4/9/2020
Today from Hiiraan Online:  _
Ads By Google
President Farmaajo’s Addis Ababa Interview fully transcribed, 1 with critical commentary (Part 1)

by Dr. Aweys Omar Mohamoud
Friday, March 13, 2020

 


Welcome to part 1 of an English transcript of President Farmaajo’s recent interview in Addis Ababa, with critical commentary. The interview itself was conducted in Somali. I have transcribed it with the sole purpose of producing a translation that is not only faithful to the spoken word, but also clear and easy to read. I must say President Farmaajo is not the easiest speaker to translate. His speech in the video is poorly constructed and jumbled up. I feel I have done my utmost to convey his message accurately. At the end of the final part, I shall present a brief content analysis of the whole interview and measure it against core concepts related to the critical leadership responsibilities required of a leader of a nation emerging from conflict.

 

TS: [00:11]

Q1: Assalaamu aleykum … welcome to this interview with the President of the Federal Government of Somalia (FGS) Mohamed Abdullaahi Farmaajo who have come here to take part in the African Union Ordinary Summit held in Addis Ababa in the past few days. Welcome, Mr. President, and thank you for giving us this opportunity to interview you. The theme of this 33rd African Union Ordinary Summit was “silencing the guns” and when you reflect on this agenda in relation to Somalia, [you will know that] it is one of the areas of conflict. What have you taken away from your meetings with African leaders and others in terms of firm pledges of support to help you address the conflict and the difficult issues in Somalia?

 

TS: [01:00]

A1: Bismillaahi rahmaani rahiim … [extending compliments to Universal TV]. If I answer your question, this was an ordinary African Union summit of leaders and the theme, as you said, was to stop all forms of fighting and conflict … to silence the guns. This was really a very fruitful and productive meeting and, for us, we took advantage of this to argue for the lifting of the [UN arms] embargo as we are fighting against an international terrorist group, and now really is the last time when the terrorists in Somalia are being directly and forcefully challenged because the truth of the matter is that if they are not completely overcome, it is possible that they could come to Somalia’s neighbouring countries and create problems ‘there’ [sic]. Therefore, [we argued] that the embargo that was imposed on us for a longtime, and which also affects some other African countries [be lifted] in order for us to fight and to obtain the equipment that we need [to fight] the terrorists that have been causing problems to Somalia for a longtime, and caused death and destruction.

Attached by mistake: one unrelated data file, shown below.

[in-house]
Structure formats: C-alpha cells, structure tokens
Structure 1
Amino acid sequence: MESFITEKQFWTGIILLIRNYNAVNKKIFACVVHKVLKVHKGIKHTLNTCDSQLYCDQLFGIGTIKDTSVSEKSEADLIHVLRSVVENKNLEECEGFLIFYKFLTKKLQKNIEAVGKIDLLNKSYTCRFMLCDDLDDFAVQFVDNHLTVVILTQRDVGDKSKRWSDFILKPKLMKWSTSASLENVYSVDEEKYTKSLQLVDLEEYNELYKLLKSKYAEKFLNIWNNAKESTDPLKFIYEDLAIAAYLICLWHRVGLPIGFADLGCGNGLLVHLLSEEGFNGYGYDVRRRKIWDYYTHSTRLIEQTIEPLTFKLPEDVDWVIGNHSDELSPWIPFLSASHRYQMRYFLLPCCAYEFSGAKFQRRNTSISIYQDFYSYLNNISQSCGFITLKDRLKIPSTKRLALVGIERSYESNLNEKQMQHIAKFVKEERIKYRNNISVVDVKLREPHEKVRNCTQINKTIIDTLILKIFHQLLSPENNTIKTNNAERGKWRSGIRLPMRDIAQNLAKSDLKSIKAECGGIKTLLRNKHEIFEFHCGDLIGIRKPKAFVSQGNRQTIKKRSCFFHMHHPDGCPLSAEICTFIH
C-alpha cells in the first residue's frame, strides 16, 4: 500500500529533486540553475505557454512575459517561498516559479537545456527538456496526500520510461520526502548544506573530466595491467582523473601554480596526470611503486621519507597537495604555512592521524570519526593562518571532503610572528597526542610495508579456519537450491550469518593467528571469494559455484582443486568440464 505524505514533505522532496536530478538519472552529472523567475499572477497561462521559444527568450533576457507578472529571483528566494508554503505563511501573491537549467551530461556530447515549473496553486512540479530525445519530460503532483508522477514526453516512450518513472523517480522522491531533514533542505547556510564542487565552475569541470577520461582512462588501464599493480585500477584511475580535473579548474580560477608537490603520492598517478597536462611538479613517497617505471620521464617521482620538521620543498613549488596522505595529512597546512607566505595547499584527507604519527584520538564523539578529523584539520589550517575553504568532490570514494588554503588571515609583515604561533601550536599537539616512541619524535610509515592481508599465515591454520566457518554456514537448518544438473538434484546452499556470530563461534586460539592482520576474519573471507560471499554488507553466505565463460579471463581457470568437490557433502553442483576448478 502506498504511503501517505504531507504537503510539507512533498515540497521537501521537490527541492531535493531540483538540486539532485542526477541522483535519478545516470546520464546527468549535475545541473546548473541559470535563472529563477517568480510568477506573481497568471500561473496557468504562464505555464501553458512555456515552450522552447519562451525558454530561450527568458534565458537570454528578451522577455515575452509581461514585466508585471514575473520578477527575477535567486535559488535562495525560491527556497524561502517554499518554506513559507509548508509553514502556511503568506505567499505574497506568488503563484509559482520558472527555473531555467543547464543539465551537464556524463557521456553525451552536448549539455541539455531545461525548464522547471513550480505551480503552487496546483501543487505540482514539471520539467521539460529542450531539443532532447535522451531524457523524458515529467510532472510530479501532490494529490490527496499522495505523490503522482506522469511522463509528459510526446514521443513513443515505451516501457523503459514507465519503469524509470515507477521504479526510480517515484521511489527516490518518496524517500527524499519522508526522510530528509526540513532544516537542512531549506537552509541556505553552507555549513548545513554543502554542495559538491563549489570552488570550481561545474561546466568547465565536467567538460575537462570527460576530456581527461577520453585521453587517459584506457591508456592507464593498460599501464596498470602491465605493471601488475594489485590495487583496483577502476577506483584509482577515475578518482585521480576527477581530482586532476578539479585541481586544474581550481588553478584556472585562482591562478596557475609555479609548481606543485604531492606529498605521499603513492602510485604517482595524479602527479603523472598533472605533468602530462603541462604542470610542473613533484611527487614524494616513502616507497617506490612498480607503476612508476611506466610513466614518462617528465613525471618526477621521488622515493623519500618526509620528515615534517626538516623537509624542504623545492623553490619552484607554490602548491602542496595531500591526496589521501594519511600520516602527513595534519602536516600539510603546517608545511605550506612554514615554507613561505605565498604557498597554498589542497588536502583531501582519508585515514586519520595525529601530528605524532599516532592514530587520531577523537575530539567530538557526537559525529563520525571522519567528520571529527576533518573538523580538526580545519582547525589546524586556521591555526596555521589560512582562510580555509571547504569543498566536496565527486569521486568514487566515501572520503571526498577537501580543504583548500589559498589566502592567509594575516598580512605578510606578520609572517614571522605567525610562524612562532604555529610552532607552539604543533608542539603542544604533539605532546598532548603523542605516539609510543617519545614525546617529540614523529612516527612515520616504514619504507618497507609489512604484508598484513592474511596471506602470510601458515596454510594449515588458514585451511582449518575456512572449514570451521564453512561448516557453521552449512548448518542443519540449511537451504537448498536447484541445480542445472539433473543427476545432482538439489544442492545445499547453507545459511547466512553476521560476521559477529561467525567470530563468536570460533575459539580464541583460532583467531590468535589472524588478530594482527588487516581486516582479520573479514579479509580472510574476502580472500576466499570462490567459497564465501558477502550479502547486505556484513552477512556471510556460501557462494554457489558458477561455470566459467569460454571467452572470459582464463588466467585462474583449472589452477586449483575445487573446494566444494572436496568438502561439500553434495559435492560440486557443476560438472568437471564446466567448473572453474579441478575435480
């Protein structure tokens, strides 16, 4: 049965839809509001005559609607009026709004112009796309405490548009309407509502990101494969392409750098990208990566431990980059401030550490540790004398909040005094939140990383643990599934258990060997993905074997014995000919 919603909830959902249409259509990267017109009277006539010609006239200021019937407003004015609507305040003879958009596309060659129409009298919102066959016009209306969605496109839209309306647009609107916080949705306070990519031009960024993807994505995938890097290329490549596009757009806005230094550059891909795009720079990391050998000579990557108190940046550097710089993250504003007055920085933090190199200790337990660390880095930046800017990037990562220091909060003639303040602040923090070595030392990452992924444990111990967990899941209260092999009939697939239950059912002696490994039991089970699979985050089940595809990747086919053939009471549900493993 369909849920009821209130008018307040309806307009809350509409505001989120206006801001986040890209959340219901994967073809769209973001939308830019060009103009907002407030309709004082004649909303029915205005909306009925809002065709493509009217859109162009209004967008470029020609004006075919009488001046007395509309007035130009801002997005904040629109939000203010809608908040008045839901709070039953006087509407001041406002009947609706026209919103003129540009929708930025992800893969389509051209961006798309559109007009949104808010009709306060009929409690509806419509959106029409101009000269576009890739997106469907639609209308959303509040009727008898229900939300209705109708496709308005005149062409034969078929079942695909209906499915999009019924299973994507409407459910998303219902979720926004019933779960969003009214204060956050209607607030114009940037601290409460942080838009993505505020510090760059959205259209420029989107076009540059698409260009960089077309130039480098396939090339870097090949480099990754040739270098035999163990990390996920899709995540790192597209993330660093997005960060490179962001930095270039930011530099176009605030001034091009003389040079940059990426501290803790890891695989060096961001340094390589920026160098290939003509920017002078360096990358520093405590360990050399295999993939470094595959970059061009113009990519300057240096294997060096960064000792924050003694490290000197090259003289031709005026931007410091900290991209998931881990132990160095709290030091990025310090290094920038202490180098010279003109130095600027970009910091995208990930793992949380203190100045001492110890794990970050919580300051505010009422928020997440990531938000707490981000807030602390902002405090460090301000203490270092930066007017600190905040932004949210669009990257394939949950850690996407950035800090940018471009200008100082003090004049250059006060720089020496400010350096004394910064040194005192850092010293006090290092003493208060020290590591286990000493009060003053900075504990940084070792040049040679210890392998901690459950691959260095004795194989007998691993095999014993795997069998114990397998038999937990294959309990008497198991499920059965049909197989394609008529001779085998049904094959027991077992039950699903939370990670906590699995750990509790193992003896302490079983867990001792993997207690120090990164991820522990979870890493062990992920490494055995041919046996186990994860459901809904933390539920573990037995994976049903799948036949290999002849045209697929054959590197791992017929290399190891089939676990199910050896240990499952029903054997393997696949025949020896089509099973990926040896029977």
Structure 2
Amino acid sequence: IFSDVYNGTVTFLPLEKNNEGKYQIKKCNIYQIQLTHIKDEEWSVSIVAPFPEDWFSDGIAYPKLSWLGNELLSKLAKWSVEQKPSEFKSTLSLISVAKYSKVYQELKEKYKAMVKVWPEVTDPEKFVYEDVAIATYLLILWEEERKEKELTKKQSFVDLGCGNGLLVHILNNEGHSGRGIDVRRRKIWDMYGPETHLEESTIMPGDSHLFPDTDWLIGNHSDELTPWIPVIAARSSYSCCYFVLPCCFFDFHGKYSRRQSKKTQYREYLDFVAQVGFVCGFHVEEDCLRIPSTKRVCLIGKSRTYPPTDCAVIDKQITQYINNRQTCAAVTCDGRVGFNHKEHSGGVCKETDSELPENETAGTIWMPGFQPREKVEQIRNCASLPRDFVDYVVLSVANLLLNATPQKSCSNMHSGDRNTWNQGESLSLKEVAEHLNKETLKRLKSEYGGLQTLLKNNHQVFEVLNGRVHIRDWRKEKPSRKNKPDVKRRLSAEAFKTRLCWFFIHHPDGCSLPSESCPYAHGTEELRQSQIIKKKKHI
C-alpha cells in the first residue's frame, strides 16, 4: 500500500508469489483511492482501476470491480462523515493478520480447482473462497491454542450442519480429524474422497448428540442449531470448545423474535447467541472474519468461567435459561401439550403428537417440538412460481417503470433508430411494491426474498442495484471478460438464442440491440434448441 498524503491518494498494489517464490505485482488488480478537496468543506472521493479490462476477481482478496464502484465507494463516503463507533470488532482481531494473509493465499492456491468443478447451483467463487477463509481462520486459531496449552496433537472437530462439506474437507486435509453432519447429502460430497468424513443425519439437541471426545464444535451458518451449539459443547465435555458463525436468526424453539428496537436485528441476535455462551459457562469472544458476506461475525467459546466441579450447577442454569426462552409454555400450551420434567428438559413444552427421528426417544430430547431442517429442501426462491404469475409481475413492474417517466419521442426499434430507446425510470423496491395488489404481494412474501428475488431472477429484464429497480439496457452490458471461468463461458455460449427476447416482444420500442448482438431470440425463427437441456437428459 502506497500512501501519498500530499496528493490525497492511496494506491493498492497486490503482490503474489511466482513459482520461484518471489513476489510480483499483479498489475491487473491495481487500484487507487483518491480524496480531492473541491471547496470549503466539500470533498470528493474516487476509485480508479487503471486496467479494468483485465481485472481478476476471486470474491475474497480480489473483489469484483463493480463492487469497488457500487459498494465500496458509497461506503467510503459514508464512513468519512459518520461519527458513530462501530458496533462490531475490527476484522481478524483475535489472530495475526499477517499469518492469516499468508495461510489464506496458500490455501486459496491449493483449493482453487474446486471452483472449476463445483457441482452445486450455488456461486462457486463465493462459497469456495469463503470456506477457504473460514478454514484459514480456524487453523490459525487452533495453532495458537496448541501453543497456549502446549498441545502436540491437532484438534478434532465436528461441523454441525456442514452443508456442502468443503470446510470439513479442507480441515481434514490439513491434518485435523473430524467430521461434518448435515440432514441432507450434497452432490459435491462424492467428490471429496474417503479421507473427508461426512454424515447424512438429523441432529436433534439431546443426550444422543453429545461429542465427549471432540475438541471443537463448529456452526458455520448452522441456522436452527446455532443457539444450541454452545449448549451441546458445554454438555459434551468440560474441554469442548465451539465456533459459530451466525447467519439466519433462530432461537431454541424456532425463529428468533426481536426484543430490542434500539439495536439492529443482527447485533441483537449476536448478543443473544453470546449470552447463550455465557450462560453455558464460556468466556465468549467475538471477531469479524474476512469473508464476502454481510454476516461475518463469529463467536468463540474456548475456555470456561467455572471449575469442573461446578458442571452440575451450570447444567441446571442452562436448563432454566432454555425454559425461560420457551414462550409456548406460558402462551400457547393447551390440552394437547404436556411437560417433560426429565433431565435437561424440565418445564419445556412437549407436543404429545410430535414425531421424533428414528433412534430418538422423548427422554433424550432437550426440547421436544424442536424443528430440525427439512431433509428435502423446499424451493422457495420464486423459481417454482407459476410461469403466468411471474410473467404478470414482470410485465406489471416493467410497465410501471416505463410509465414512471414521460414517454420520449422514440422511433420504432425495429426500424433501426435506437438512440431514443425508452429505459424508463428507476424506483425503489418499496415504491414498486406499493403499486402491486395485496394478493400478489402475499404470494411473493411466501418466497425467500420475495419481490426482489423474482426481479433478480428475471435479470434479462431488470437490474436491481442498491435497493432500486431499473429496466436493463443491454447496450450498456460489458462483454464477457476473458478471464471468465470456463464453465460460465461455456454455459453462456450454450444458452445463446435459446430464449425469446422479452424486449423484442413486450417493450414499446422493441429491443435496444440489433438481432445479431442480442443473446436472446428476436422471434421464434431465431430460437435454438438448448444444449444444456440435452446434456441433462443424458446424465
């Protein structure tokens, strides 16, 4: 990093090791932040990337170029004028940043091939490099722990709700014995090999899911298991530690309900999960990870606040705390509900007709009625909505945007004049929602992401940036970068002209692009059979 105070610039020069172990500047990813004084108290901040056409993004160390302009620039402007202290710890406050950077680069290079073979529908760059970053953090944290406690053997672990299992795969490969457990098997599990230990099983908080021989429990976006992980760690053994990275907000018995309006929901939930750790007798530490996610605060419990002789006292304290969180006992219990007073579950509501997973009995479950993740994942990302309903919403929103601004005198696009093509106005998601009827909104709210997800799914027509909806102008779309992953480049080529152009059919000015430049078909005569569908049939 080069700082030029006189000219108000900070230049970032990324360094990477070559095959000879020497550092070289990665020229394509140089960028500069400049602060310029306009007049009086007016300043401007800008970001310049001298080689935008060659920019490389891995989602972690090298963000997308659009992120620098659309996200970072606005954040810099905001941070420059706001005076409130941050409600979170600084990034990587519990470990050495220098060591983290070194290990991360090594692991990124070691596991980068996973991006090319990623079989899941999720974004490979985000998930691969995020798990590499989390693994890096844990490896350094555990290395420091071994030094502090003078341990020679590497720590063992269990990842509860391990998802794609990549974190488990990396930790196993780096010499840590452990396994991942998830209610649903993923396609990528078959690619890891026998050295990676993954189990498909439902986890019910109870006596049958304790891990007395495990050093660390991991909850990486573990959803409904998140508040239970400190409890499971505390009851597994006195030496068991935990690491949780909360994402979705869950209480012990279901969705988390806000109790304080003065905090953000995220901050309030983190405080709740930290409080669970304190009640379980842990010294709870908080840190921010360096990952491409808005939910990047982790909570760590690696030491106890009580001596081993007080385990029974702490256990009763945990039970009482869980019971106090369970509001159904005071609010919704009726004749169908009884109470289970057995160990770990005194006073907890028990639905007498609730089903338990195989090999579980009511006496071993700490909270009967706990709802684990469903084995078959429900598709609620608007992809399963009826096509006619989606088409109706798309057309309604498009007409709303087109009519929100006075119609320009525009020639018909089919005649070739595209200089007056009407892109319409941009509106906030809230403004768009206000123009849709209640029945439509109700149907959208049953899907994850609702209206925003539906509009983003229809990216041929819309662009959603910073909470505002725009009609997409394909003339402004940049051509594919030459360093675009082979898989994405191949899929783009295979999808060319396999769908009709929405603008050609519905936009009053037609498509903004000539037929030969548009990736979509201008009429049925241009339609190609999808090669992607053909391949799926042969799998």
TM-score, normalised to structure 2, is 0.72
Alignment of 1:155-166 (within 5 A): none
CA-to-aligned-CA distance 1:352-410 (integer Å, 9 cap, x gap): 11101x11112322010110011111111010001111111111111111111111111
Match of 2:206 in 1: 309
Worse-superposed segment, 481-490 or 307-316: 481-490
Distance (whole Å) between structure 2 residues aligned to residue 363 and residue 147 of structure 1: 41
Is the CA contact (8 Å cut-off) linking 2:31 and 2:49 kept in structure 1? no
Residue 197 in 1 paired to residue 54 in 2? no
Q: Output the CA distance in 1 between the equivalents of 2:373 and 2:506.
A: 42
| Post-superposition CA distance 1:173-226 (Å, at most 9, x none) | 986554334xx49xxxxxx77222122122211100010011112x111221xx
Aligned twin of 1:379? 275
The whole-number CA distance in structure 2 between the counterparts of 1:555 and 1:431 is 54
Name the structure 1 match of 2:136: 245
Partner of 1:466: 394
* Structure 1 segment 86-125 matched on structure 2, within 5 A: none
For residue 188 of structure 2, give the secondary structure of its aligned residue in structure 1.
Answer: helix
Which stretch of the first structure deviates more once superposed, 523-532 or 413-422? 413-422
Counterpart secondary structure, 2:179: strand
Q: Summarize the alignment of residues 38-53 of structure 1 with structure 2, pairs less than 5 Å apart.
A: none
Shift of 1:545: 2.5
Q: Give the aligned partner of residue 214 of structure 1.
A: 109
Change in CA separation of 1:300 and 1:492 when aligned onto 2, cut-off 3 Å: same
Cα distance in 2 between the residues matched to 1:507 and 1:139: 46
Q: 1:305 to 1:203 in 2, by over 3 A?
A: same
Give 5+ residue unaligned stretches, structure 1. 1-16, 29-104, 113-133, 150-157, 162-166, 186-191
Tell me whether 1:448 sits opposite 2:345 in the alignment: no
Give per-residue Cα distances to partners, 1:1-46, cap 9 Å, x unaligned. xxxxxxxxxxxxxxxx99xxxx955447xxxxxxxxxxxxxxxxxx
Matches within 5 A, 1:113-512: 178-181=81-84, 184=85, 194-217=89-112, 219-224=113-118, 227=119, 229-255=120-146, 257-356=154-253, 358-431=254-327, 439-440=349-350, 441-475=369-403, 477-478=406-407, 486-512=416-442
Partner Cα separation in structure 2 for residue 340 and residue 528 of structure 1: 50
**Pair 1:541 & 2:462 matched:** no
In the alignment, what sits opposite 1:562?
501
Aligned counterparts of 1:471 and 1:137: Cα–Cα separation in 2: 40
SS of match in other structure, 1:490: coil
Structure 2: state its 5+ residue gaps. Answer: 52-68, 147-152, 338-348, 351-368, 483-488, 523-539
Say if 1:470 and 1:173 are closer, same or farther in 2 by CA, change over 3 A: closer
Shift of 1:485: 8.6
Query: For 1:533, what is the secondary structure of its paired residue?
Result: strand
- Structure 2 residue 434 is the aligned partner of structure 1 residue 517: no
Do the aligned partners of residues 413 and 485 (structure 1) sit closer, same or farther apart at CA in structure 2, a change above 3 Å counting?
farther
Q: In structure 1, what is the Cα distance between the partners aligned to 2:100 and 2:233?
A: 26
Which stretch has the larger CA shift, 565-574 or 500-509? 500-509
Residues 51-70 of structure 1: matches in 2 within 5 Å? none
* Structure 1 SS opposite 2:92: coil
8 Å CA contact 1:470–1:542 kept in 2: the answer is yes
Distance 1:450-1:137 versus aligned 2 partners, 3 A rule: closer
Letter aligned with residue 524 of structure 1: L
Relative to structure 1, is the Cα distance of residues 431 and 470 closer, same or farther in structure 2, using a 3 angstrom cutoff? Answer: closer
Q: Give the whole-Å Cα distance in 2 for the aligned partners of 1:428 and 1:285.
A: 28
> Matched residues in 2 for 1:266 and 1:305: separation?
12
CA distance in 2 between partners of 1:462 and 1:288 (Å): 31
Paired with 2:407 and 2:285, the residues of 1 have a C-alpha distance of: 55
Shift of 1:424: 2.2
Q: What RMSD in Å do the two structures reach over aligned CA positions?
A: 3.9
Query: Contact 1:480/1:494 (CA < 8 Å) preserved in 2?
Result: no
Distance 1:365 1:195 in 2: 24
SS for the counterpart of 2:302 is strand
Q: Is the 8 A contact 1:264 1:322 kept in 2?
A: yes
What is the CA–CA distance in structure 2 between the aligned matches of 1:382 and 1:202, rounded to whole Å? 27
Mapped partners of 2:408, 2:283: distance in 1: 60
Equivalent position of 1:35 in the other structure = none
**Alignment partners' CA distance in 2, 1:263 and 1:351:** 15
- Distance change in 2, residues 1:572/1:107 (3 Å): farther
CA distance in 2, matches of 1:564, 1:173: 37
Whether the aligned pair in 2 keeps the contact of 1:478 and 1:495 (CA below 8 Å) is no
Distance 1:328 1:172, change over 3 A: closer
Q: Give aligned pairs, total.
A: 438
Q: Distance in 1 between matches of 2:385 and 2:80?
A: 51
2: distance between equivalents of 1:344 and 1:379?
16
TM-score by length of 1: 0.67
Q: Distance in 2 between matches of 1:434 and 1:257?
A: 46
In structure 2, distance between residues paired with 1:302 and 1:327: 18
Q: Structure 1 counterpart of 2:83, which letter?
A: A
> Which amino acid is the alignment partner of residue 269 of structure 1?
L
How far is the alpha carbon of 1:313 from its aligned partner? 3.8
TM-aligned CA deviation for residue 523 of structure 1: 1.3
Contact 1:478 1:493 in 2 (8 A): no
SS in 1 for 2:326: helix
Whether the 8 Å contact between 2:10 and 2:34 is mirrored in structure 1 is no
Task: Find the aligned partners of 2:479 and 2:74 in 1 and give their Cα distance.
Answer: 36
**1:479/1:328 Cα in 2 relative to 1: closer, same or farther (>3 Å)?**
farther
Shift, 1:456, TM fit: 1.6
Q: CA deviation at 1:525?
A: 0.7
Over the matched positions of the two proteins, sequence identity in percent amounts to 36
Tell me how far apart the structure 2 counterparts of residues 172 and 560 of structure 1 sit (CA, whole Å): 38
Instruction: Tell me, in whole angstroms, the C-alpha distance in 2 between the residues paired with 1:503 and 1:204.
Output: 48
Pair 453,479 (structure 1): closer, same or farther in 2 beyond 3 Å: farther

Comment 1

Mr. President, with all due respect, this is an old trite, not original at all. All governments before you, starting with President Abdiqasim’s TNG, argued for the lifting of the arms embargo imposed on Somalia in 1992, with variable outcomes. The issue here must be your definition of the phrase ‘silencing the guns’. At the level of the AU, it must mean to seek to develop, where possible, avenues for cooperation to reduce violence and terrorism. Because it is this violence and terrorism that so blemished human history, and now threatens the future of Africa’s children in various war-torn countries including our own. In the context of Somalia, silencing the guns must surely mean moving away from militarization of society and addressing the underlying root causes of conflict, such as corruption, injustice and inequality, exclusion, discrimination and marginalization, extreme poverty and lack of livelihoods, and youth unemployment - to name just a few of the interminable drivers of the conflict. It is wishful thinking to believe that terrorism can be ended in Somalia by President Framaajo’s glib answers in this interview. Ending terrorism would entail, among other things, changing the political reality and mentality that engender it, and the institutionalization of democratic legal authority (repeat democratic legal authority, not authoritarian leadership that has no respect for the rule of law as President Farmaajo seems to have been conducting himself in the recent past) that can create the conditions necessary to mediate competing domestic interests and to address the root causes of the conflict peacefully. That in turn requires you as President to be able and willing to build the unity of purpose necessary among the FGS and FMSs to fight against Al-Shabaab and to foster peace and reconciliation, and with a focus on results. Mr. President, you failed in this task and, with it, the ability to build and maintain legitimacy in your government.   

 

TS: [02:40]

Q2: OK … during the time that you were here in Addis Ababa, we have seen the coming of the third anniversary of your taking office as President of the FGS. Do you think that you have achieved a lot in these three years, and are you satisfied with your accomplishments?